CpM alto Sophie Crafts is on her way to visit the anthracite region in Pennsylvania. Read along as she shares her Anthracite Tales.
On Friday, I will be as close as I can get to the anthracite fields of Pennsylvania. Ever since Chorus pro Musica began rehearsing Julia Wolfe’s Anthracite Fields, I have been extraordinarily taken with the piece. I love how evocative and spooky it is and how each movement is a distinct and crucial part of the story. Its repetitive rhythms, often with crunchy, “ugly” harmonies, perfectly capture the unpleasant grind of working in the mines. It’s this precise, sometimes chaotic quality that makes the “beautiful” passages exceptionally powerful.
The focus required to learn the piece paired with an intensive foray into this specific history made me want to bring the music to life by visiting coal country in Pennsylvania over February break. After spending some time in the energy-guzzling city of Philadelphia, I will drive north to the Eckley Miners’ Village, Anthracite Heritage Center, and Steamtown Railway Museum, notebook and camera in hand.
There are several key takeaways I hope to get out of these visits. My first introduction to the piece, at our first rehearsal in January, was movement two, “The Breaker Boys.” Since we started here, I have grown quite attached to Mickey, the little boy who went missing from his job as a breaker boy. Therefore, I am hoping to see a real or replicated breaker, to get even a glimpse at the life and death he and many others experienced in those unimaginable working conditions.
Another “character” who is special to me is Lino Tarilla. After an intense and foreboding build-up about the heat and time required to form coal in movement one, “The Foundation,” the chorus sings the names of the recent, non-Anglo immigrants to the region who lost their lives in the mines. This sweet, sweet passage comes to its climax, with every singer singing beautiful four-part harmony, the whole ensemble singing together for the first time. We sing the name Lino Tarilla, followed closely by his musical/lyrical/alphabetical neighbor Premo Tonetti. This two-minute section is heart-wrenching in a totally new way, and the placement of Lino’s name gives him a special place in my heart. I am hoping to see any photos or plaques with some of these names, also including alto favorites Ignatz Stancheski, Olif Sweedbury, Lathrie Symmons, and Julius Tamanini among many more.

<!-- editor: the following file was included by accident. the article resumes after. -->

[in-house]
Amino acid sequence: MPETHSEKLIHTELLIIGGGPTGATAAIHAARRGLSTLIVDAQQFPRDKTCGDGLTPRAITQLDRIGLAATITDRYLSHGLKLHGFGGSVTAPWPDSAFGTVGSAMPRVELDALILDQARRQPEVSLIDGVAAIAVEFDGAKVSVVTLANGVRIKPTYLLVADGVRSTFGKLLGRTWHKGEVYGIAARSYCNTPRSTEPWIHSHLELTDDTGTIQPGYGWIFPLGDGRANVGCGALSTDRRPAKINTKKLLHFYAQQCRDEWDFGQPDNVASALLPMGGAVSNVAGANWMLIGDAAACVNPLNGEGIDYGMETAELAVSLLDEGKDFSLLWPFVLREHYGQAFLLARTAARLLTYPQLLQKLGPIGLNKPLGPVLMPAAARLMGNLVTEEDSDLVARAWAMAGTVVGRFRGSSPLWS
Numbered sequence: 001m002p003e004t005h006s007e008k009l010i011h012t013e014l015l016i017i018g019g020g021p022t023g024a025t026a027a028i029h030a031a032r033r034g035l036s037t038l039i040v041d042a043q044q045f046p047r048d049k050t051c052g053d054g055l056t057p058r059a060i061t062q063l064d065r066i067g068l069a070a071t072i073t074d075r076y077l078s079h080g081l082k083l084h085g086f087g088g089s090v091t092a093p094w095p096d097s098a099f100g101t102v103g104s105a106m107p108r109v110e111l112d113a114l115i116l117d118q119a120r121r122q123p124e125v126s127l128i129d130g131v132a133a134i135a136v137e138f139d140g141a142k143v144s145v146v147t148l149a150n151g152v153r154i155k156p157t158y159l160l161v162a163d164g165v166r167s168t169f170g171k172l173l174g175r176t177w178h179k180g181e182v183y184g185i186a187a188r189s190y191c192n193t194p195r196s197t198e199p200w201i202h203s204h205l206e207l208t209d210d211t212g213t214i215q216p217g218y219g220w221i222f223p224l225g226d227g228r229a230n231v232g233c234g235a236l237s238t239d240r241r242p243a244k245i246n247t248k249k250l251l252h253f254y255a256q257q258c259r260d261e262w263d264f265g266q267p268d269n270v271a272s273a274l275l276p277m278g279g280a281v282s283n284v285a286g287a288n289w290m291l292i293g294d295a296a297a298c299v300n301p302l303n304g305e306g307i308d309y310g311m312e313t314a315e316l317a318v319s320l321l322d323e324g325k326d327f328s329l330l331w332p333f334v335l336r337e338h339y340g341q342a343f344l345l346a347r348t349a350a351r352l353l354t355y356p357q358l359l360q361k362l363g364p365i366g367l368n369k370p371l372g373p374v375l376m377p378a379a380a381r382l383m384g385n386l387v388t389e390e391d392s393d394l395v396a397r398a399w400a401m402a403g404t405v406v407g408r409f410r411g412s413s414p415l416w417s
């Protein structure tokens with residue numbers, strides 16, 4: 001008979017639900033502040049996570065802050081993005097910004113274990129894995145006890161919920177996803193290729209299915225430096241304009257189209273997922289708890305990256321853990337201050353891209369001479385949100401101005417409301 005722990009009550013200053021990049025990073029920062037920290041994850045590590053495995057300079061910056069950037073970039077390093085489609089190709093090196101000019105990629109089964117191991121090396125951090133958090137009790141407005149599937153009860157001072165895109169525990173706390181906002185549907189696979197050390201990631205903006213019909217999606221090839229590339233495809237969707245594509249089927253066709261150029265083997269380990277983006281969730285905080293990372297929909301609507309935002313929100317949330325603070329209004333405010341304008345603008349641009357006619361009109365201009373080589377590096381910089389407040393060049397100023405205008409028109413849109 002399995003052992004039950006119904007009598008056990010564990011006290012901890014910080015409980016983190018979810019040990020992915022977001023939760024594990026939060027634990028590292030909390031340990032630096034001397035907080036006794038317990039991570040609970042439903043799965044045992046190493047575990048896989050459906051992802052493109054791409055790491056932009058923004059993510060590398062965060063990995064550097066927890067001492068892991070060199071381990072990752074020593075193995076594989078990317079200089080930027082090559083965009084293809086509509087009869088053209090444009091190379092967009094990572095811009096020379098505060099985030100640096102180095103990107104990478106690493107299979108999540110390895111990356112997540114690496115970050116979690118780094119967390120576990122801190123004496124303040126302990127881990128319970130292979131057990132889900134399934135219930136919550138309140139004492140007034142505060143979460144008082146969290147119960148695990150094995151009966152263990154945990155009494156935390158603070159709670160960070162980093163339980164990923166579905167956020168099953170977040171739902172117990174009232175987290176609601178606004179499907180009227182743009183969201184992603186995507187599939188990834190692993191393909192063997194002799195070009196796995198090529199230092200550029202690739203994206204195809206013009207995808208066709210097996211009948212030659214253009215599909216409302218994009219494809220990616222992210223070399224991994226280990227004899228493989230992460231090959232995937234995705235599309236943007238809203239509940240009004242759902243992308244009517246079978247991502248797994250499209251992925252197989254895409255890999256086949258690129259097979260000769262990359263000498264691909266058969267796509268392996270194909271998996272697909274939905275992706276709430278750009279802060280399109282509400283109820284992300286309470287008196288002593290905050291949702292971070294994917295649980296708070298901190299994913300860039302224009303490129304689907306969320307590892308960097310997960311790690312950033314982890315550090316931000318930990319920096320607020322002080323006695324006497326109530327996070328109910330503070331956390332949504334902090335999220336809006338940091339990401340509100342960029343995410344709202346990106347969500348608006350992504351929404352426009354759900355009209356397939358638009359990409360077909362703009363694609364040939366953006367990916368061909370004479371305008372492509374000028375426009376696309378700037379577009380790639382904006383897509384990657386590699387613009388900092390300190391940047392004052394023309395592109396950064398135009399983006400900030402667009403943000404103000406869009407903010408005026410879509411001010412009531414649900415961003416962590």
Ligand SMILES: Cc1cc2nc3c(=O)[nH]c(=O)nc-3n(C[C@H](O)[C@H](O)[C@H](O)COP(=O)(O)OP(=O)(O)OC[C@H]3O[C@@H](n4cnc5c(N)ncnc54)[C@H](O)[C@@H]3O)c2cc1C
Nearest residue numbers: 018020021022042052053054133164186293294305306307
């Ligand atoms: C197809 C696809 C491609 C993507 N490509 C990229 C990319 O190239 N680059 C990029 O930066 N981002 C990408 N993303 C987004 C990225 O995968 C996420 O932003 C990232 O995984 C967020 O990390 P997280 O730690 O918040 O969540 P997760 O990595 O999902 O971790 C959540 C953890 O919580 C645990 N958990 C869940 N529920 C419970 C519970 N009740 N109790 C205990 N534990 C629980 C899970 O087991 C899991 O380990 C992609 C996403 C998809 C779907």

At the railway museum, I hope to simply see frequent mentions of the coal required to power trains and more clean, pure anthracite marketing campaigns. I also hope to check their database for mentions of my great and great-great-grandfathers and uncles who worked as engineers, machinists, apprentices, decorative painters, and messenger boys on the Lackawanna Railroad in Pennsylvania, Delaware, and New Jersey. In the immediate aftermath of my grandmother’s death, this anthracite pilgrimage has taken on an intertwined family roots mission as well.
Overall, I am hoping to get a feel for the area. Although the region and its labor practices have changed, this history sculpted these towns and their residents. The visiting mines are closed for the winter so I cannot literally descend into them, but I’m sure the region’s monuments, scenery, and current, modern coal mining practices will evoke an emotional, familiar reaction. At the very least, when I sing about poor Mickey, Lino, and Phoebe Snow at the March 14 concert, I will be able to conjure up images of the forget-me-not filled fields (well, imagined since it’s February) of northeastern Pennsylvania.